Negative space is the ’emptiness’ between an object and another or the ‘edge’ of the image. Negative space is a standard in the art world (think Cy Twombly or Mark Rothko) but has become an increasingly popular trend in many elements of design (the white space in web pages, simpler logos) as well as photography. I think in particular for photography the use of negative space is a simple tool to highlight something specific: perhaps the simplicity or beauty of an object.
Negative space also allows space for the viewer to come in and wonder around and feel the emotions that you (as the photographer/artist) are trying to communicate – loneliness, calmness, peace.
But I think I have a new appreciation for the idea after reading this piece by David Duchemin for Artifact Uprising. Ponder these words:
there is only so much impact a frame can contain; the more the included elements compete for that impact, the less impact any one part of the frame can have. That is to say, the photograph is stronger for the photographer’s ability to say no.
Obviously that doesn’t mean all images should fully embrace the concept of negative space but perhaps concentrating on the subject and what is important can help bring the value of what is created through negative space with your more ‘inclusive pictures’.
Let’s look at some examples.
One of the easiest subjects to capture with the minimalist effect of negative space are landscapes. It really highlights the lines of the landscape or highlights a feature. Think of the ‘postcard’ images of Tuscany with rolling hills and a tree or farmhouse on a hill somewhere. As the viewer of such an image, I am also left feeling the grandeur or awe of a place when you think of the amount of space you would take up in that image.
Use of negative space in interiors and styled shots really helps the graphic elements to stand out.
Again, in portraiture the negative space really acts as a way to frame and highlight the person (or people) you are photographing.
Max Wanger is one photographer in particular who uses negative space in a really beautiful and effective way to simplify his images and highlight the subject. Creating plenty of room for emotion.
What do you think of negative space? Do you use it often? Share some examples in the comments if you like.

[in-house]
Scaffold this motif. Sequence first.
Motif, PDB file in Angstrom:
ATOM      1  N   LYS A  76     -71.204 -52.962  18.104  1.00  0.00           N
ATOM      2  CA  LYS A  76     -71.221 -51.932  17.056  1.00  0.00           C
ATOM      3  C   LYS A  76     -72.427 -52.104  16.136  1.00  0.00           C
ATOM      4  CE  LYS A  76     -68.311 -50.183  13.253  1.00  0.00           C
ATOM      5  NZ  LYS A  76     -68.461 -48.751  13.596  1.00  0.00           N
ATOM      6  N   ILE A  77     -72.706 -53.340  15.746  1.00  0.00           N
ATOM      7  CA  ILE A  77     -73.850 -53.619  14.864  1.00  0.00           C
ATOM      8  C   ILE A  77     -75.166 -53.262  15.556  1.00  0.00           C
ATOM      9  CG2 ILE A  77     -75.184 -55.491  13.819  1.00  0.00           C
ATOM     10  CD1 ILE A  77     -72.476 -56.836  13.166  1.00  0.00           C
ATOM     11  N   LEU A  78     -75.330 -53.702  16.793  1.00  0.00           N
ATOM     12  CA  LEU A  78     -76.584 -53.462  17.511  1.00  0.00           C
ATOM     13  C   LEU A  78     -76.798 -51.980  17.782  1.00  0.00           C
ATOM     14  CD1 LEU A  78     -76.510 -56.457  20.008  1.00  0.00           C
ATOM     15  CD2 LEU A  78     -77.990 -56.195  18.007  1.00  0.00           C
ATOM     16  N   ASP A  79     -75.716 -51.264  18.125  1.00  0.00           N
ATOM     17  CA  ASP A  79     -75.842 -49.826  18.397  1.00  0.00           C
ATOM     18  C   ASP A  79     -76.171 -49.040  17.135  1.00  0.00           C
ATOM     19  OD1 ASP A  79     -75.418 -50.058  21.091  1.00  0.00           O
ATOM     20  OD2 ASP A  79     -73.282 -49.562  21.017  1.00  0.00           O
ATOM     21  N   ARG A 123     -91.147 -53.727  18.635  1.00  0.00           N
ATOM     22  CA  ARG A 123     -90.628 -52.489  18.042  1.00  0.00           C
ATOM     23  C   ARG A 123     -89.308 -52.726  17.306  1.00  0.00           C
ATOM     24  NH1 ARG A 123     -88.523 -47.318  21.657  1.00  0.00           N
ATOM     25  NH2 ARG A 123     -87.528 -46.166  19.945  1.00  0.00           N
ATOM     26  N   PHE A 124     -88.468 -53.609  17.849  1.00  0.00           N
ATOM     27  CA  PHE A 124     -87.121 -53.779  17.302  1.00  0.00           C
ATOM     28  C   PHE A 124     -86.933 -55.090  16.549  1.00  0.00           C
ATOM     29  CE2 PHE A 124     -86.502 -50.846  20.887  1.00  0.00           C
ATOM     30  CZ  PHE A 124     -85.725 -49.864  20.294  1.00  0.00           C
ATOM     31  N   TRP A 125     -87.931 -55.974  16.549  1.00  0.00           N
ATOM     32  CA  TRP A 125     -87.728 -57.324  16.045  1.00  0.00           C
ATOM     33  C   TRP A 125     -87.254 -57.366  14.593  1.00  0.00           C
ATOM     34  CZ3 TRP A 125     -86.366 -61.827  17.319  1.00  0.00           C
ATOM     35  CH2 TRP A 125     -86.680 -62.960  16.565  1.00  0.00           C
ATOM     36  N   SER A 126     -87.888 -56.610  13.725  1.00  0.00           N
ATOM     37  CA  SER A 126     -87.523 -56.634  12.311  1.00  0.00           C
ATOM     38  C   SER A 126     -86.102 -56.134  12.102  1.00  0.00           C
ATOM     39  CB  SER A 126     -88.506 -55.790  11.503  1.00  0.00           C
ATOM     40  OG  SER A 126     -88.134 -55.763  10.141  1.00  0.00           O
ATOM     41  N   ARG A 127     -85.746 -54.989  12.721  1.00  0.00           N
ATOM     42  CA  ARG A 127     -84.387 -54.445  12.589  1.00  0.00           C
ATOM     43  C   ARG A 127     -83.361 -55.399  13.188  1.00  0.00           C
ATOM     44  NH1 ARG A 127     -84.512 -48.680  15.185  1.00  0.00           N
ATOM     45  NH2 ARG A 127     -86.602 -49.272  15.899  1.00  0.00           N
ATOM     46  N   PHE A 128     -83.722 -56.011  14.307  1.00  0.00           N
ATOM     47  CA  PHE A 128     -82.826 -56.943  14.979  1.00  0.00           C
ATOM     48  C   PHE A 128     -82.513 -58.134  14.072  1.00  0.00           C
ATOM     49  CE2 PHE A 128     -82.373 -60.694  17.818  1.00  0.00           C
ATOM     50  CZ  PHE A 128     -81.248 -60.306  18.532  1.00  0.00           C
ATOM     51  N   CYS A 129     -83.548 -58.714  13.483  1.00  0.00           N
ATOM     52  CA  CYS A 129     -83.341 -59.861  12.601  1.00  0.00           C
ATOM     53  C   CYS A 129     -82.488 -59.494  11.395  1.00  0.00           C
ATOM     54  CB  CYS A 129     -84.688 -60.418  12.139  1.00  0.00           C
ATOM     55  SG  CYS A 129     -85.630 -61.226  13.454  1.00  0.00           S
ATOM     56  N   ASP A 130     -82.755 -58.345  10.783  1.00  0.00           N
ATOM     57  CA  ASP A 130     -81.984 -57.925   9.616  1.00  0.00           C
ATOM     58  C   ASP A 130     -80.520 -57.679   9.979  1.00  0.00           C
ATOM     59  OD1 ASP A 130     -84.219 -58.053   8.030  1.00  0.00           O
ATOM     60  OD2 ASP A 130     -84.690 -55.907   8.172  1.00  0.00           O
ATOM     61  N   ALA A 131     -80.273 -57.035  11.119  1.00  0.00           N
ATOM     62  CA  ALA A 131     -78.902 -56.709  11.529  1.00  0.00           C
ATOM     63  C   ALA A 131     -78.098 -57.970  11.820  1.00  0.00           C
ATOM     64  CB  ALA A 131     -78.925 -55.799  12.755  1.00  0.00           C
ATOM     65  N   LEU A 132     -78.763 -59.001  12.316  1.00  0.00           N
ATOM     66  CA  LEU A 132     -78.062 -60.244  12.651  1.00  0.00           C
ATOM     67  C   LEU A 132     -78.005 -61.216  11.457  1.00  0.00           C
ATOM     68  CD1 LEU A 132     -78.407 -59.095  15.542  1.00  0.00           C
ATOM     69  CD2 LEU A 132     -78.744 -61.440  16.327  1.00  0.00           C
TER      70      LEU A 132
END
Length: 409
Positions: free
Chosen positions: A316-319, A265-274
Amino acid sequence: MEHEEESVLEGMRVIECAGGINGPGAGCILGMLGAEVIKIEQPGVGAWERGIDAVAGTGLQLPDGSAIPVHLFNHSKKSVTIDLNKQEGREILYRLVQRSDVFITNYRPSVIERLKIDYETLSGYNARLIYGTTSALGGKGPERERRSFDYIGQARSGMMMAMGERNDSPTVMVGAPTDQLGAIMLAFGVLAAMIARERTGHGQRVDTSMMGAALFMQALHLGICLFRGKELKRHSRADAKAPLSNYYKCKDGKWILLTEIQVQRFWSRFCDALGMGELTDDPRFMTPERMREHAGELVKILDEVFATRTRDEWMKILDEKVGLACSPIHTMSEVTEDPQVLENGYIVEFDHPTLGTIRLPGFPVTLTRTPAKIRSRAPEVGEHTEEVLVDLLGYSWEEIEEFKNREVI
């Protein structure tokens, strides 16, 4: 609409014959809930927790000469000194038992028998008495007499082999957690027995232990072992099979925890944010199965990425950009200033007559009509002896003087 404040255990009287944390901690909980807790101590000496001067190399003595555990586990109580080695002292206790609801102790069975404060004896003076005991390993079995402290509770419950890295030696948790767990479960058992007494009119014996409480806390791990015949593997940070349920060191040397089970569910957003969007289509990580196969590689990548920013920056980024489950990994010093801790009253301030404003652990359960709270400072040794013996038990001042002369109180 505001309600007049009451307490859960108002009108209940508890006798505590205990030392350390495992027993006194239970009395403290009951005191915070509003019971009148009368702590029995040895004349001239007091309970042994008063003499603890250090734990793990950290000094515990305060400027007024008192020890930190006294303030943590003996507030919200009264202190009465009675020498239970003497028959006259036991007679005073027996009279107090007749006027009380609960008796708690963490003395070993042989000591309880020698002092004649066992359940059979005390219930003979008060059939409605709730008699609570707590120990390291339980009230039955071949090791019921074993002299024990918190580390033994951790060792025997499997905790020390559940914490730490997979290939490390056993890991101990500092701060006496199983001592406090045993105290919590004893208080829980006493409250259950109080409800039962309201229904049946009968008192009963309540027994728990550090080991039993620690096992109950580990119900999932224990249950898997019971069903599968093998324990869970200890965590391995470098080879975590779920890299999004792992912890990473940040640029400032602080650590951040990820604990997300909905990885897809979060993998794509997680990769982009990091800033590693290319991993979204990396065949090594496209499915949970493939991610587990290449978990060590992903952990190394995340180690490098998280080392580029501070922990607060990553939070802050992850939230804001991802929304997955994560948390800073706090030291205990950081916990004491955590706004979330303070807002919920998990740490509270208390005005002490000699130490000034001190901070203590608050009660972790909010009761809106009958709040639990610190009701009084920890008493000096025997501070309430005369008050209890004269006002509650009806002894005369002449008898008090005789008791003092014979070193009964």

I took this photo yesterday while in Rovinj, Croatia. It seemed to me to be almost surrealist, like a Dali painting. The cloud makes it but the repetition of the stairs, the separation from the background, the lines, the colours.
What do you think?
Also I think I may be getting my photo mojo back. It just requires getting out and taking some pictures in a beautiful place with the sun shining, sometimes.
Well still not 12 pictures (it is really hard in winter, am I right?), but a little look into my day all the same. Mostly quiet with a little bit of reflection going on, a little bit of learning of Italian, and a little wander around town and some Christmassy-ness, including a gathering of musical Santas.
Plus two of my new favourite foods. Persimmon and a lazy type of cottage pie with a mixture of lentil ragu and a cauliflower/sweet potato mash. I literally boil a large head of cauliflower and a sweet potato and blend them up.
As a last minute Emma and I decided to send some snail mail to our favourite #1day12pics of the year. I’ll be in touch once we have been through the images.
Okay so it took me a while to get to the next ‘lesson’ but better late than never, right?
In the last lesson I noted
“composition helps us to highlight our subject. When rules aren’t followed the subject might have to compete for attention with other items in the frame therefore diminishing the ‘quality’ of your picture. Obviously rules are also meant to be broken but knowing the rules means you can be intentional about breaking them.”
This time around I am looking at framing. Framing is simply using something to ‘frame’ your subject and therefore draw the eye to them. This idea started long before photography in paintings where the subject(s) are often placed in windows, door frames or arches.
Lets look at some photographs as examples…
There are so many opportunities for framing: windows, doorways, tunnels. But it doesn’t stop there.
Also look for frames that are a little different. Go for something a bit subtle. Or go for a more unusual shape. Use people and anything that is around you. (Necklace by Lotts and Lots).
Sometimes you can even use a frame! (styling by Charlotte Love)
Framing your object obviously doesn’t happen every time you take a picture. However, if there is a frame opportunity happening make sure you make the most of it. The photo above could have been better if I had shifted so that both subjects sat in the doorway.
What do you think?
Do you use framing? Share an image where you have used framing in an interesting way.